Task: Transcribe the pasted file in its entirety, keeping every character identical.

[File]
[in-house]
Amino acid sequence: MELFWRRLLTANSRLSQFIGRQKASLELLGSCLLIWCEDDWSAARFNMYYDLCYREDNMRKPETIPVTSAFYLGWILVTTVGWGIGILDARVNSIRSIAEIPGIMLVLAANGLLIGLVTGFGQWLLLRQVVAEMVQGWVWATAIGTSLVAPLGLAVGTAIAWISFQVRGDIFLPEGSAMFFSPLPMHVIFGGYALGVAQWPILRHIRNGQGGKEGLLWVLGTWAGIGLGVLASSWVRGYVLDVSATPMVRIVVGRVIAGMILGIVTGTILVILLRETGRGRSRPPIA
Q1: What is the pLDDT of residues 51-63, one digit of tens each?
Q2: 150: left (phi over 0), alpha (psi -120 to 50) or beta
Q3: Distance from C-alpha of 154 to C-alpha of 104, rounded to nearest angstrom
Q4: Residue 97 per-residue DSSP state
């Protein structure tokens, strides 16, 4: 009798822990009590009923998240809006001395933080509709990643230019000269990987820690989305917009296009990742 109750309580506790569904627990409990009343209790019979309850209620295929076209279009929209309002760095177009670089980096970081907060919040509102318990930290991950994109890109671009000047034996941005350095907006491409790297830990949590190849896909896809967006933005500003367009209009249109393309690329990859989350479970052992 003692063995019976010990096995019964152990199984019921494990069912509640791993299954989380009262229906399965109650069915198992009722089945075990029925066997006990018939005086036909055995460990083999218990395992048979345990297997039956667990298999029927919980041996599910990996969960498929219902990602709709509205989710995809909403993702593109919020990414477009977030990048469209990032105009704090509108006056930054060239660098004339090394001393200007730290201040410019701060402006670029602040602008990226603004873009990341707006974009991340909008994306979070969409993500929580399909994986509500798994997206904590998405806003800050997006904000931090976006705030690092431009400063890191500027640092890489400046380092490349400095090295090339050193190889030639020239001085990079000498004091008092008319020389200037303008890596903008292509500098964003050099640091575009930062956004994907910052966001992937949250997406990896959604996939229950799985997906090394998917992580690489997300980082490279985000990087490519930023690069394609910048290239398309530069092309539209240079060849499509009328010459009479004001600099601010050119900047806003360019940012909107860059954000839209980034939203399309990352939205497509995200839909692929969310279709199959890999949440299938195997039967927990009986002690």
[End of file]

[in-house]
Amino acid sequence: MELFWRRLLTANSRLSQFIGRQKASLELLGSCLLIWCEDDWSAARFNMYYDLCYREDNMRKPETIPVTSAFYLGWILVTTVGWGIGILDARVNSIRSIAEIPGIMLVLAANGLLIGLVTGFGQWLLLRQVVAEMVQGWVWATAIGTSLVAPLGLAVGTAIAWISFQVRGDIFLPEGSAMFFSPLPMHVIFGGYALGVAQWPILRHIRNGQGGKEGLLWVLGTWAGIGLGVLASSWVRGYVLDVSATPMVRIVVGRVIAGMILGIVTGTILVILLRETGRGRSRPPIA
Q1: What is the pLDDT of residues 51-63, one digit of tens each?
Q2: 150: left (phi over 0), alpha (psi -120 to 50) or beta
Q3: Distance from C-alpha of 154 to C-alpha of 104, rounded to nearest angstrom
Q4: Residue 97 per-residue DSSP state
């Protein structure tokens, strides 16, 4: 009798822990009590009923998240809006001395933080509709990643230019000269990987820690989305917009296009990742 109750309580506790569904627990409990009343209790019979309850209620295929076209279009929209309002760095177009670089980096970081907060919040509102318990930290991950994109890109671009000047034996941005350095907006491409790297830990949590190849896909896809967006933005500003367009209009249109393309690329990859989350479970052992 003692063995019976010990096995019964152990199984019921494990069912509640791993299954989380009262229906399965109650069915198992009722089945075990029925066997006990018939005086036909055995460990083999218990395992048979345990297997039956667990298999029927919980041996599910990996969960498929219902990602709709509205989710995809909403993702593109919020990414477009977030990048469209990032105009704090509108006056930054060239660098004339090394001393200007730290201040410019701060402006670029602040602008990226603004873009990341707006974009991340909008994306979070969409993500929580399909994986509500798994997206904590998405806003800050997006904000931090976006705030690092431009400063890191500027640092890489400046380092490349400095090295090339050193190889030639020239001085990079000498004091008092008319020389200037303008890596903008292509500098964003050099640091575009930062956004994907910052966001992937949250997406990896959604996939229950799985997906090394998917992580690489997300980082490279985000990087490519930023690069394609910048290239398309530069092309539209240079060849499509009328010459009479004001600099601010050119900047806003360019940012909107860059954000839209980034939203399309990352939205497509995200839909692929969310279709199959890999949440299938195997039967927990009986002690």